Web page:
1. Your Saving Time Horizon and Your Child's Age: 

You will need to align your savings plan with your child’s age and the time until the expenses are due. MMFs can be versatile for both short-term and long-term goals. If your child’s education expenses are approaching soon (e.g., within a few years), MMFs offer the necessary liquidity. 

For long-term goals, they can still be effective with consistent contributions. On the other hand, education insurance is generally designed for long-term savings, typically maturing when your child reaches significant educational milestones. 

  1. The Level of Control You Want Over Your Savings: 

MMFs might offer high control over your investments. You can choose when and how much to invest and withdraw funds. This control also extends to adjusting your investment strategy based on market conditions. 

Once established, education policies are less flexible. You commit to a premium payment schedule and may not have much say in how the funds are invested. 

  1. Liquidity, Accessibility, and Flexibility: 

MMFs are known for high liquidity and flexibility. You can access your funds quickly, usually within a few business days, without penalties for early withdrawal.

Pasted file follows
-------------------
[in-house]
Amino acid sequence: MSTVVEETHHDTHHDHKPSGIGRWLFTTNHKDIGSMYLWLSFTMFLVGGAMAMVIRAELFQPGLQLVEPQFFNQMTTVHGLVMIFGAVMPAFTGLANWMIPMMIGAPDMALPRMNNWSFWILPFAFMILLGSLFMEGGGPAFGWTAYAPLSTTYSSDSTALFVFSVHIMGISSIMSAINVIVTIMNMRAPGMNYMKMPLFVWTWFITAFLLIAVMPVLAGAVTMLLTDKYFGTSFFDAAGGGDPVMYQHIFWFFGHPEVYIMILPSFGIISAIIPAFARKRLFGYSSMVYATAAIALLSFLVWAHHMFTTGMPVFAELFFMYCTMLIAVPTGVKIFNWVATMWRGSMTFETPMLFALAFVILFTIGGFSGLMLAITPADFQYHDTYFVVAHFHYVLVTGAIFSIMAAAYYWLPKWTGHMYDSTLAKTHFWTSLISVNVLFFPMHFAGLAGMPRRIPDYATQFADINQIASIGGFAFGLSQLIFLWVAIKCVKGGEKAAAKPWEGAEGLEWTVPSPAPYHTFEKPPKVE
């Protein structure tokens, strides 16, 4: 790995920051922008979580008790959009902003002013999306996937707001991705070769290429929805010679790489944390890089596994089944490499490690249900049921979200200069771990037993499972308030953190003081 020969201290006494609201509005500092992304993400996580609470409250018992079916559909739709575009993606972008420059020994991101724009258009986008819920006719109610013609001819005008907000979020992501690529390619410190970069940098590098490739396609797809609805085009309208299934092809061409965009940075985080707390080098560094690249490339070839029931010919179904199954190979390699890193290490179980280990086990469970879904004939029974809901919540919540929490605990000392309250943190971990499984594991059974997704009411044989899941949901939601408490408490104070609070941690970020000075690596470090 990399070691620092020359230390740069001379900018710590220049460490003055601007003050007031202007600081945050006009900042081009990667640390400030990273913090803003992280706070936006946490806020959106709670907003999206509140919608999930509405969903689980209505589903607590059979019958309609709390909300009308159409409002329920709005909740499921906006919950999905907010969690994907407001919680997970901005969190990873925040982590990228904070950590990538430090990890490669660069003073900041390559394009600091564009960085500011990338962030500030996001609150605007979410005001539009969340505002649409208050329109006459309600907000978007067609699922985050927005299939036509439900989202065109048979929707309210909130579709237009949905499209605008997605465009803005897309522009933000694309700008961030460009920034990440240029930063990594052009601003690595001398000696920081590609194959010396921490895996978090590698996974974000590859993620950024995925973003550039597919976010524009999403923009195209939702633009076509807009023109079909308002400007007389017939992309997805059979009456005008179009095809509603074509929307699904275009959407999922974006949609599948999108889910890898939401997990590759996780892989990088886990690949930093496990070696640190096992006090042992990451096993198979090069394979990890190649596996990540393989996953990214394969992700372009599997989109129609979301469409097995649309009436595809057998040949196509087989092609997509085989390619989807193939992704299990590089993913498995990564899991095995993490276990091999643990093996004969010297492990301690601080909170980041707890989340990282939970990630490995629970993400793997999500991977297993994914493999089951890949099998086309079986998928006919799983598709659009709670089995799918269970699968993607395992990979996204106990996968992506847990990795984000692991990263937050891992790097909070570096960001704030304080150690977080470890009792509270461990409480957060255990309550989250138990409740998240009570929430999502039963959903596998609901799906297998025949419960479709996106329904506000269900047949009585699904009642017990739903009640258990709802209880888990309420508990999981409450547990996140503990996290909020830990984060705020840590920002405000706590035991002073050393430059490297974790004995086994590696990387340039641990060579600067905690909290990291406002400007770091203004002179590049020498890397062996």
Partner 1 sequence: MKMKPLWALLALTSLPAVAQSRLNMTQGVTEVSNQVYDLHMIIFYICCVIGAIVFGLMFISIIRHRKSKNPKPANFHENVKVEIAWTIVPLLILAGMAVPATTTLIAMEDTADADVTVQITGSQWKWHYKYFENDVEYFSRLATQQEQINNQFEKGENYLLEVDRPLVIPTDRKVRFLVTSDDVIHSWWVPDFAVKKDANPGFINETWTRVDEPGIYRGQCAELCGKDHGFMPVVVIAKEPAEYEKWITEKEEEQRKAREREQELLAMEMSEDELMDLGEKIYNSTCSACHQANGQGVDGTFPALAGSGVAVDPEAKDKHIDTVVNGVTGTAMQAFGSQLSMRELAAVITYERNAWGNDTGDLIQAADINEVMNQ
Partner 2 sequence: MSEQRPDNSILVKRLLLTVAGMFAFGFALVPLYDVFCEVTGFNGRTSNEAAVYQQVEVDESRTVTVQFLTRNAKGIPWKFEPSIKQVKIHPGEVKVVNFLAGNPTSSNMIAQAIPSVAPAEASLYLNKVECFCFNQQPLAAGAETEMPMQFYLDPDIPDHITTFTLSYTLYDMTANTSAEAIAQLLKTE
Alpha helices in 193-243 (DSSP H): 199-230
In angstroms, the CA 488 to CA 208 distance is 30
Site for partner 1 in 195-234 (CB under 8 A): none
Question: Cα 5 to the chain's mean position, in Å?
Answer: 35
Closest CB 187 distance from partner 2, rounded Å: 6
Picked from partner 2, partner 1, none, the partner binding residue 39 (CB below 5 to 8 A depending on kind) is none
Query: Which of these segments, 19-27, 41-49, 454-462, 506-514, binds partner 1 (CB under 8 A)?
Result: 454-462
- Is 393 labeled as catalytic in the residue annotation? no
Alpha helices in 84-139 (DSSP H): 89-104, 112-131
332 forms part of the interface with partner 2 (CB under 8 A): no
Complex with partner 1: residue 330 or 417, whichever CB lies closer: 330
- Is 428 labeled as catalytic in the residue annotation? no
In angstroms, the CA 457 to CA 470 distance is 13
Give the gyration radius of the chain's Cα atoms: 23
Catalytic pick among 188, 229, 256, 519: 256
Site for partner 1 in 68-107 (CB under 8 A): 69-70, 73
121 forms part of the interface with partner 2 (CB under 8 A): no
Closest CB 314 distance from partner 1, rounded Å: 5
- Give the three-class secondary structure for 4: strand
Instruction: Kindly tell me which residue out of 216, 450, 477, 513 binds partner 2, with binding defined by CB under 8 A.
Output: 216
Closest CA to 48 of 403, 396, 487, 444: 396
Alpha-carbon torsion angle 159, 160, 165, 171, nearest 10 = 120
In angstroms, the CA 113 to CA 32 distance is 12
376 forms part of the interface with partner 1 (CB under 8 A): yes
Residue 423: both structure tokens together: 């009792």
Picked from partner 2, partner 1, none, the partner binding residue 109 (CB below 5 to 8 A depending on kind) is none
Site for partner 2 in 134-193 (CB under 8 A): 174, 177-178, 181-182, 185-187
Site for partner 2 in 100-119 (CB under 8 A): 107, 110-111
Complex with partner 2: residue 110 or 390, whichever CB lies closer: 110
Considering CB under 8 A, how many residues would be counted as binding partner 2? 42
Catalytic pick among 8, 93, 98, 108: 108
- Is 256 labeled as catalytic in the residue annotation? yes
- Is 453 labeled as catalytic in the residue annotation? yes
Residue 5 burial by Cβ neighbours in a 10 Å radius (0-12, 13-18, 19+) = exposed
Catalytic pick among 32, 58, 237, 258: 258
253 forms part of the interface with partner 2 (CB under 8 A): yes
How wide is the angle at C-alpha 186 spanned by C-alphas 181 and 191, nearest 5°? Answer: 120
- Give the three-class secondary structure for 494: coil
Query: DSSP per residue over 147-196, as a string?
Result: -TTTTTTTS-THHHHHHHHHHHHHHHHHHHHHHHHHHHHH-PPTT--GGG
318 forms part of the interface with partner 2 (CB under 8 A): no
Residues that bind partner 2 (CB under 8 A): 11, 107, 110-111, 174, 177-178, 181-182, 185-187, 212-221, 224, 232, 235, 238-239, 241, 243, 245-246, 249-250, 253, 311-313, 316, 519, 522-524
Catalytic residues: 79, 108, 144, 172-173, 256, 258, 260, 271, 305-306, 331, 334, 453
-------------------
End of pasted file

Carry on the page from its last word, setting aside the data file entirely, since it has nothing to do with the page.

Education policies are less liquid, with funds typically locked in until the policy matures. Early withdrawals can lead to penalties and reduced returns, making them less flexible in terms of access. 

  1. Additional Benefits: 

MMFs typically offer no additional benefits beyond the returns on the investments. They focus solely on growing your savings with modest risk. 

Education policies often come with additional benefits such as life insurance, disability coverage, and sometimes even a premium waiver in case of the policyholder’s death or disability. 

Read Also: Every Young Parent’s Struggle: Funding Children’s Education 


When it comes to saving for your child's school fees, both Education Insurance Policies and Money Market Funds offer distinct advantages and challenges. Your specific financial situation, goals, and preferences should guide your choice.  

Start researching and comparing your options early. Educate yourself about the different saving vehicles available and how they align with your financial goals. The earlier you begin saving, the more you can take advantage of compound interest. It also allows you to spread your savings over a longer period, reducing the financial strain. 

Your financial situation will likely change over time. Be flexible and adjust your savings plan as needed. Additionally, If you have or plan to have more children, factor this into your savings plan. Each child's education will require resources, so plan accordingly to ensure that all your children have access to the funds they need for their education. 

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Farah Nurow is an experienced Content Writer who enjoys writing creative and educative articles meant to provoke readers' thoughts. He loves sunny weather and thick books. You can connect with him on LinkedIn.